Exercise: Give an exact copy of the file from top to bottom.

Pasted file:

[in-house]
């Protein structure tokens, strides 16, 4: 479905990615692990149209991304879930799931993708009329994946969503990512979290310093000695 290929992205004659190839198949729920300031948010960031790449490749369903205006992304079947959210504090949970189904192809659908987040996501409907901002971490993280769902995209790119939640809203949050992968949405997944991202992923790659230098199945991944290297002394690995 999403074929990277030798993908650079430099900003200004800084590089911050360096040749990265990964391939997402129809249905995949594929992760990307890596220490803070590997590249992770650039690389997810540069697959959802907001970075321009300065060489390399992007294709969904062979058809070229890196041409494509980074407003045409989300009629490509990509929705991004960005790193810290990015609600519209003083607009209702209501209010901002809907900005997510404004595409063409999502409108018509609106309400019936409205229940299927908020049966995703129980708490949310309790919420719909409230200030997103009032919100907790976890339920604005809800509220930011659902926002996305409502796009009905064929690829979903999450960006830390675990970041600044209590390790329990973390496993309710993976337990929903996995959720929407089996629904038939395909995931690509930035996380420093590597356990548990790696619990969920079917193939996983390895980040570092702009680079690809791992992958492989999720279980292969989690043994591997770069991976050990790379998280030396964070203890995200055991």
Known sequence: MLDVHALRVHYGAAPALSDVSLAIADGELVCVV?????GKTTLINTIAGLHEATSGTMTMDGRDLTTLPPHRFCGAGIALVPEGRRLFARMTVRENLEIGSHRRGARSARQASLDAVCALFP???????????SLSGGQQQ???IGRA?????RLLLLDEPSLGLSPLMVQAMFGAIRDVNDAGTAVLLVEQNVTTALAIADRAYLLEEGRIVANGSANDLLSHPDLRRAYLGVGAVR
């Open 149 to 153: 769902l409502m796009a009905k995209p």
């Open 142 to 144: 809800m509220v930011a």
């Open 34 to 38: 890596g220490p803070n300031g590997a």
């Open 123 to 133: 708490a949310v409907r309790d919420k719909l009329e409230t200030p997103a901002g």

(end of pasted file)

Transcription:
[in-house]
């Protein structure tokens, strides 16, 4: 479905990615692990149209991304879930799931993708009329994946969503990512979290310093000695 290929992205004659190839198949729920300031948010960031790449490749369903205006992304079947959210504090949970189904192809659908987040996501409907901002971490993280769902995209790119939640809203949050992968949405997944991202992923790659230098199945991944290297002394690995 999403074929990277030798993908650079430099900003200004800084590089911050360096040749990265990964391939997402129809249905995949594929992760990307890596220490803070590997590249992770650039690389997810540069697959959802907001970075321009300065060489390399992007294709969904062979058809070229890196041409494509980074407003045409989300009629490509990509929705991004960005790193810290990015609600519209003083607009209702209501209010901002809907900005997510404004595409063409999502409108018509609106309400019936409205229940299927908020049966995703129980708490949310309790919420719909409230200030997103009032919100907790976890339920604005809800509220930011659902926002996305409502796009009905064929690829979903999450960006830390675990970041600044209590390790329990973390496993309710993976337990929903996995959720929407089996629904038939395909995931690509930035996380420093590597356990548990790696619990969920079917193939996983390895980040570092702009680079690809791992992958492989999720279980292969989690043994591997770069991976050990790379998280030396964070203890995200055991």
Known sequence: MLDVHALRVHYGAAPALSDVSLAIADGELVCVV?????GKTTLINTIAGLHEATSGTMTMDGRDLTTLPPHRFCGAGIALVPEGRRLFARMTVRENLEIGSHRRGARSARQASLDAVCALFP???????????SLSGGQQQ???IGRA?????RLLLLDEPSLGLSPLMVQAMFGAIRDVNDAGTAVLLVEQNVTTALAIADRAYLLEEGRIVANGSANDLLSHPDLRRAYLGVGAVR
């Open 149 to 153: 769902l409502m796009a009905k995209p």
């Open 142 to 144: 809800m509220v930011a």
């Open 34 to 38: 890596g220490p803070n300031g590997a």
């Open 123 to 133: 708490a949310v409907r309790d919420k719909l009329e409230t200030p997103a901002g």